NIH grant to support continuing research on exercise and bone quality
More than 50 million Americans have osteoporosis, which is responsible for two million broken bones and $19 billion in related costs every year.
Exercise is one of the best defenses against low bone mass, but it’s not an equal-opportunity improver — different people and different bones respond differently to the mechanical stimulus provided by various forms of exercise.
Now, new research by a multidisciplinary team led by the University of Delaware’s Liyun Wang may pave the way to identifying new molecular targets for preventing and slowing the onset of osteoporosis.
The work, which is funded through a five-year $1.9-million grant from the National Institutes of Health, may also help in the development of patient-specific exercise regimens to improve bone health.
Exercise can improve bone health by triggering the movement of fluid, nutrients and other factors in bone that keep bone cells happy and functioning.
Wang, associate professor of mechanical engineeringat UD, is partnering on the work with Cindy Farach-Carson (Rice University), Lucas Lu (UD, mechanical engineering), Catherine Kirn-Safran (UD, biological sciences) and Sherry Liu (University of Pennsylvania).
The award is a competitive renewal of Wang’s previous NIH grant on transport mechanisms in mineralized bone.
Her research group has successfully developed and validated a novel method to study the fluid flow-based delivery of various types of nutrients to osteocytes, the most abundant bone cells buried in bone.
Most importantly, the novel method allows them to probe the cellular apparatus that osteocytes use to detect outside exercise signals, at the submicron level for the first time. The method combines a sophisticated technique called FRAP (fluorescence recovery after photobleaching) with mathematical modeling.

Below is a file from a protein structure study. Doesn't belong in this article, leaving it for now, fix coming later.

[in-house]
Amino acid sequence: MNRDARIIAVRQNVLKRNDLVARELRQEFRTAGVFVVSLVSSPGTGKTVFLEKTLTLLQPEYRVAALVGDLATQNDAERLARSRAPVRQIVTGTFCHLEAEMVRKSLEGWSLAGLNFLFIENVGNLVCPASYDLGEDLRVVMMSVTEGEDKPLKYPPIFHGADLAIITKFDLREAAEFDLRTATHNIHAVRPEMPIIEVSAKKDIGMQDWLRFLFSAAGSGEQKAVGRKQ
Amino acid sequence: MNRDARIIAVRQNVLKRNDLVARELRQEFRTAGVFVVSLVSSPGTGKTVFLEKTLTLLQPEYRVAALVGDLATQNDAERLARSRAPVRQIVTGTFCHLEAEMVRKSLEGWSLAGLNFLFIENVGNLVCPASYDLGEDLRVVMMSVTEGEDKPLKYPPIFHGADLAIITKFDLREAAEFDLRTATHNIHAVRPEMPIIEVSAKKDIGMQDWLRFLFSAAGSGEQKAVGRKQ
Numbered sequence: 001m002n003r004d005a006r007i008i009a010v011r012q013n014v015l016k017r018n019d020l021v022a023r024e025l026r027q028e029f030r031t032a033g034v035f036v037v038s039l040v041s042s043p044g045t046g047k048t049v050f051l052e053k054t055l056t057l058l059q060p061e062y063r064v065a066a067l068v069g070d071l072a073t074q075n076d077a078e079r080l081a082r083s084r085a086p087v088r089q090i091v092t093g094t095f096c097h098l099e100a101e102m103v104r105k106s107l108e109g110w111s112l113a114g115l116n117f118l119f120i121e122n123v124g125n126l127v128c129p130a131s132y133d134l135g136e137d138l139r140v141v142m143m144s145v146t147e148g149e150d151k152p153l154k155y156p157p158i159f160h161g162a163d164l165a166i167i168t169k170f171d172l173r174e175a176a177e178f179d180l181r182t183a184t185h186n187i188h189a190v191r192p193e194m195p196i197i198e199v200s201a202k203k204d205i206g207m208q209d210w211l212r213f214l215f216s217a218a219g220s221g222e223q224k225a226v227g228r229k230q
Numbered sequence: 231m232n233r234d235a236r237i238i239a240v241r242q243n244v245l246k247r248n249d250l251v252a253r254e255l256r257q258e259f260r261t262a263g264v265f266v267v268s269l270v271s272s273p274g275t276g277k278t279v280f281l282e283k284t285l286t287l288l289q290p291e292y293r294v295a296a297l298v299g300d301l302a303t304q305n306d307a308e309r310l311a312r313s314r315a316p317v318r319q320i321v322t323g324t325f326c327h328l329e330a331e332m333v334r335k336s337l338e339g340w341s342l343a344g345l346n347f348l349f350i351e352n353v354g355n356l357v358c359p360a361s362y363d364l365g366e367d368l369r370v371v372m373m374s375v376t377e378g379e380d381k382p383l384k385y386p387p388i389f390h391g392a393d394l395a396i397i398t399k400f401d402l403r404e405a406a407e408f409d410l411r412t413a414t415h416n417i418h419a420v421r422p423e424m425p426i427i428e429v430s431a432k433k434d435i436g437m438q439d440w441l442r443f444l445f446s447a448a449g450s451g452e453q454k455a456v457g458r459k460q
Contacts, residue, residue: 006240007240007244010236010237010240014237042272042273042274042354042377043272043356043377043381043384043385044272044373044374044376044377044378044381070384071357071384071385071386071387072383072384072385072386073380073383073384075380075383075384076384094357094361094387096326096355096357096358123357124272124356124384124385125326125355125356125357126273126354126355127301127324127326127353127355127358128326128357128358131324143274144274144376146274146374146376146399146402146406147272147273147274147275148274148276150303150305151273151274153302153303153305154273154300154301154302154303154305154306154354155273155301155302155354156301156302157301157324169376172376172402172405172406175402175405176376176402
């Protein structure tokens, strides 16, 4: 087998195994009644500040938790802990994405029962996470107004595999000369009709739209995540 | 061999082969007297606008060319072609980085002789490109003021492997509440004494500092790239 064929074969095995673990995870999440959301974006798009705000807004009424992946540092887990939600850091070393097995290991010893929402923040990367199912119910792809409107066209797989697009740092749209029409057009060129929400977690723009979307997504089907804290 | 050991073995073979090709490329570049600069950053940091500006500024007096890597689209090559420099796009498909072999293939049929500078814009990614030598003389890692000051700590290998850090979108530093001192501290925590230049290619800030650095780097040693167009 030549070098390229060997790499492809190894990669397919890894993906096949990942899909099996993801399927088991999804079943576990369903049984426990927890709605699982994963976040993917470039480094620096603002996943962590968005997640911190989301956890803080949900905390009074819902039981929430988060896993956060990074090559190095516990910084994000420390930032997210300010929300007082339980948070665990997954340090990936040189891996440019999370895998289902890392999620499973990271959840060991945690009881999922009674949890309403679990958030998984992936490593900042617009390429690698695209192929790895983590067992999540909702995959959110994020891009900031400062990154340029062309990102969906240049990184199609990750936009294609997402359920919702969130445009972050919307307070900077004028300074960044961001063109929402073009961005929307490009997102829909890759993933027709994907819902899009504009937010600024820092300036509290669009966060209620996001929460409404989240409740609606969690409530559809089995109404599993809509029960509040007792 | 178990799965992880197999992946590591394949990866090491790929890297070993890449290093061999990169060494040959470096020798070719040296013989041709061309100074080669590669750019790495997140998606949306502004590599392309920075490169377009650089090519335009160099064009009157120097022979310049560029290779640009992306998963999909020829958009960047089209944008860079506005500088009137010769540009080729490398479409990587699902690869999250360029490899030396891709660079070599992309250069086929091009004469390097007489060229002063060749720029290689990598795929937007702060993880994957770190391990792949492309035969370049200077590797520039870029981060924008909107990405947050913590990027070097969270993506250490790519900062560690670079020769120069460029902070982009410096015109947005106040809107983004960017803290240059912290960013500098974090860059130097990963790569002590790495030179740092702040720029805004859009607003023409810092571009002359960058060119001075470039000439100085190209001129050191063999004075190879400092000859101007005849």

Wang explains that osteocytes are critical to the maintenance of tissue quality and mechanical integrity of bone. As the primary exercise sensing cells, osteocytes orchestrate bone’s adaptation processes and tell the other bone cells whether they should make new bone or not.
To do this, osteocytes rely on information they receive from an array of suspension cables that anchor the cell body with the surrounding bone matrix wall. During exercise, fluid is squeezed between the cells and their surrounding walls, blowing the cables and transferring mechanical signals into the cells.
“Specifically, we want to know how perlecan, an extracellular protein that comprises part of the suspension cables, facilitates bone cell responses to mechanical loading,” Wang says.
In Wang’s previous research, she and her collaborators discovered that perlecan is needed to maintain the normal density of the suspension cables and to ensure positive responses to exercise. These preliminary studies formed the basis for their hypothesis that the osteocytic pericellular matrix of the cables regulates bone adaptation to exercise and other mechanical cues.
They now plan to test that hypothesis at the tissue, cellular and molecular levels.
“The pericellular matrix of the cables is critically positioned between the osteocytes and the hard part of bone,” Wang says. “Identifying the functions of the fluid sensing cables and one of its major components, perlecan, could lead to new strategies for regulating the sensitivity of osteocytes to mechanical loading during exercise.”
The work has the potential to improve the prevention and treatment of osteoporosis and advance fundamental knowledge about the pericellular matrix, a uniquely functioning but often overlooked structure found in nearly all mammalian cells.
“Prof. Wang has assembled an impressive interdisciplinary team for this research,” says Suresh Advani, George W. Laird Professor and mechanical engineering department chair. “With their complementary expertise, they are well positioned to pursue this challenging research, which has the potential to have a significant impact on health care.”